Do you allow optional cookies?

In addition to technically necessary cookies, we would like to use analysis cookies to better understand our target group. You can find out more about this in our privacy policy. You can revoke your consent at any time.

Kobel's Art Weekly

Sinead Farry, St Patrick’s Day 2022, free via creativesforukraine.com
Sinead Farry, St Patrick’s Day 2022, free via creativesforukraine.com
Stefan Kobel

Stefan Kobel

Kobel's Art Weekly 14 2022

Anna Brady presents the aid initiatives of Ukrainian galleries in The Art Newspaper. Werner Remm refers to a top-class charity auction of the Rotary Club Düsseldorf-Pempelfort on April 8 at Artmagazine. The auction of works from the Essl Collection raised 280,000 euros, he reports in the same medium. The artists of the Vienna Secession have donated works on a large scale for an online auction of the Dorotheum on April 12 for the benefit of Doctors Without Borders. The PDF catalog (!) can be viewed here. Timely registration is required to bid.

Ursula Scheer reports online only briefly in the FAZ about the Art Market Report by Clare McAndrew for Art Basel and UBS. Her analysis in the print edition of April 2 goes into more detail: "The wealthy do not lack capital and the desire to buy: the average expenditure of the collectors surveyed for the report almost doubled between 2020 and 2021, reaching 274000 dollars. Baby boomers spend the most on average: 346000 dollars. But where do the majority of the super-rich potentially active in the art market live? Again, the United States tops the list (28 percent of billionaires), ahead of China (23 percent, and rising fast), followed with five percent each by India, Germany - and Russia. This puts the scope of sanctions against Russian individuals and institutions in perspective." Eileen Kinsella offers a detailed summary at Artnet. I summarize the findings for the Handelsblatt.

Christof Habres looks back on one year of the NFT boom, its excesses and opportunities, in the Wiener Zeitung: "'If the Kuss brouhaha had been an IPO', states an art collector and former investment manager, 'it would have been chalked up as a veritable failure. There's no market for the tiles, and so there's a danger that they'll degenerate into a shopworn item in the Metaverse souvenir store,' he puts it pointedly."

Who would have thought!!! The NFT trade is potentially much more vulnerable to money laundering than the traditional art market, Olga Kronsteiner has found out for the Standard from Vienna: "That's because criminals could launder money here themselves: by buying an NFT, then passing it on to themselves with various digital accounts to create a record of sales on the blockchain before selling it to an unsuspecting buyer and coming out clean at the other end. [...] If the transactions are conducted in rapid succession, timely due diligence would be almost impossible, if not impossible at all, he said. Instead of regulating the general art market, U.S. authorities may well soon target those NFT rackets in which the identities of buyers and sellers remain in the dark."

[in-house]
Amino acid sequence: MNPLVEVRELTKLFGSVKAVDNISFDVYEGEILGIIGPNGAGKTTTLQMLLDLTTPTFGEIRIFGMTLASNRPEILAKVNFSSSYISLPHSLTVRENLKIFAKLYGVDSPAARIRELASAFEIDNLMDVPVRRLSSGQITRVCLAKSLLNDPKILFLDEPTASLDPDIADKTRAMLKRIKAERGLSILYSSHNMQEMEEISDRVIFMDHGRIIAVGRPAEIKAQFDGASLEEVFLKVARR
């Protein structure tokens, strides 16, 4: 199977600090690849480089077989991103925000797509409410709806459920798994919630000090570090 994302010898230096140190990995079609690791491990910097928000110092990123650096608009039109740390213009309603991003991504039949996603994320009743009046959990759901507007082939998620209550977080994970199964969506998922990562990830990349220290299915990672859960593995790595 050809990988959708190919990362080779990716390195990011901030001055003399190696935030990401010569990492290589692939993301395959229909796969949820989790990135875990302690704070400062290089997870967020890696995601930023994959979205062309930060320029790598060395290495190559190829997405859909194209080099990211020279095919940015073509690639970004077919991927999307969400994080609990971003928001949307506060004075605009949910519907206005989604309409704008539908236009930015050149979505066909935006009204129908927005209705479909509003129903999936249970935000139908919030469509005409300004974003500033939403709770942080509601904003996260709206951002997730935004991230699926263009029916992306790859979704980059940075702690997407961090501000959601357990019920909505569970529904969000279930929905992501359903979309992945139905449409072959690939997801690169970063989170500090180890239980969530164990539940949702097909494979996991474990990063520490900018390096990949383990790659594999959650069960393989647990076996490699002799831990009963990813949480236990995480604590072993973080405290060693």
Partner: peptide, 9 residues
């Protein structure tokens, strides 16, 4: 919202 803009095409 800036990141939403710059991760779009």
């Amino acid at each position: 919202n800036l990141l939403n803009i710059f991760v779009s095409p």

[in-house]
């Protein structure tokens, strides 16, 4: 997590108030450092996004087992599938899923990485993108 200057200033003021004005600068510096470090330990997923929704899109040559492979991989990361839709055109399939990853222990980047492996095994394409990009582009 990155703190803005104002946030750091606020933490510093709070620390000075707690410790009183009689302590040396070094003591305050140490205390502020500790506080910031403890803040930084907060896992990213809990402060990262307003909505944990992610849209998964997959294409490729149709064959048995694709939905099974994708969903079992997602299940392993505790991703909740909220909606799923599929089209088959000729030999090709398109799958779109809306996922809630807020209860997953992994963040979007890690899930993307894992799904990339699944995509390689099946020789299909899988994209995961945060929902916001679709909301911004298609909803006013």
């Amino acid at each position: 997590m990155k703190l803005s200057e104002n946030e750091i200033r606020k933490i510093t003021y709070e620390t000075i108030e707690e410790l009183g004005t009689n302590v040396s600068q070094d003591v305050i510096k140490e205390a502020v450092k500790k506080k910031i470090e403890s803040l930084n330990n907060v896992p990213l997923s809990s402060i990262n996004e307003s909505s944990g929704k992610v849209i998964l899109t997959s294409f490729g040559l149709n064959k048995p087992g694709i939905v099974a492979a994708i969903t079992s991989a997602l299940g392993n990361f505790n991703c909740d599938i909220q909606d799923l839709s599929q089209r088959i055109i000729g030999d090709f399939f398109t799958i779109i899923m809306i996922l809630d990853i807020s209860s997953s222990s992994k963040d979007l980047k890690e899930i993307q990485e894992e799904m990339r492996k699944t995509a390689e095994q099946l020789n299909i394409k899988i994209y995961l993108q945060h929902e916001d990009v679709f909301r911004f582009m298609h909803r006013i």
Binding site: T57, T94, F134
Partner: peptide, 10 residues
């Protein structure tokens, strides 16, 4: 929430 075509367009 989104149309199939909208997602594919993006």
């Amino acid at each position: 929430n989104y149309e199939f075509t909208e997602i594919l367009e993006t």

Rakuten, Japan's largest Internet bank and something like Japan's Amazon, announces the opening of an NFT marketplace integrated into its platform.

Shanti Escalante-De Mattei researched which major and mega galleries accept cryptocurrencies and which do not for Artnews.

Annie Armstrong at Artnet introduces Fairchain, a blockchain-based marketplace for artworks of all kinds (physical or digital) that aims to make flipping more difficult and ensure discretion.

Sotheby's is in trouble with the New York Attorney General's Office, according to Erik Larson of Bloomberg. The auction house allegedly helped wealthy clients evade sales taxes.

The world's most expensive still life may stay in France. The Louvre in Paris wants to exercise its preemption right on the painting "Basket with Strawberries" Jean Siméon Chardin just auctioned at Artcurial for the record price of 24.3 million euros, reports Vincent Noce in The Art Newspaper.

Susanne Schreiber reports a surprising change of personnel at Christie's in the Handelsblatt: "Dirk Boll is leaving his post as President of Christie's for Europe, the Middle East and Africa (EMEA). And yet the 51-year-old lawyer remains loyal to the auction house where he started in 1998. Starting April 4, Boll will bring his expertise as a strategic thought leader to the most important department: that for 20th/21st century art. Such a move from administration to 'senior leadership' among art experts has not happened before. As the dedicated professor of art management at the University of Hamburg told the Handelsblatt, the move came from himself. Boll's successor as one of three presidents around CEO Guillaume Cerutti will be Anthea Peers." She, in turn, has headed the company's increasingly important Private Sales division.

Two of the largest art consulting companies, The Fine Art Group (ex-Fine Art Fund) and Schwartzman& have agreed on a far-reaching cooperation, Sarah Douglas has learned for Artnews.

The death of London collector and patron Delfina Entrecanales at the age of 94 is reported by Wallace Ludel in The Art Newspaper.

And then there was April, 1. On this occasion the architecture portal Baunetz lets Elon Musk acquire the Berlin ICC, while The Art Newspaper lets him shoot HUO - without naming him - to Mars to curate the first space exhibitions there. Quite a sympathetic project, actually. In addition to the parachute and the helicopter, Leonardo da Vinci would also have invented the whoopee cushion, Pac Pobric tries his hand at humour at Artnet. .

semi-automatically translated

Newsletter

Get the latest articles from Zilken's Newsblog and Kobel's Art Weekly directly by email.
Dr. Stephan Zilkens | Zilkens Fine Art Insurance Broker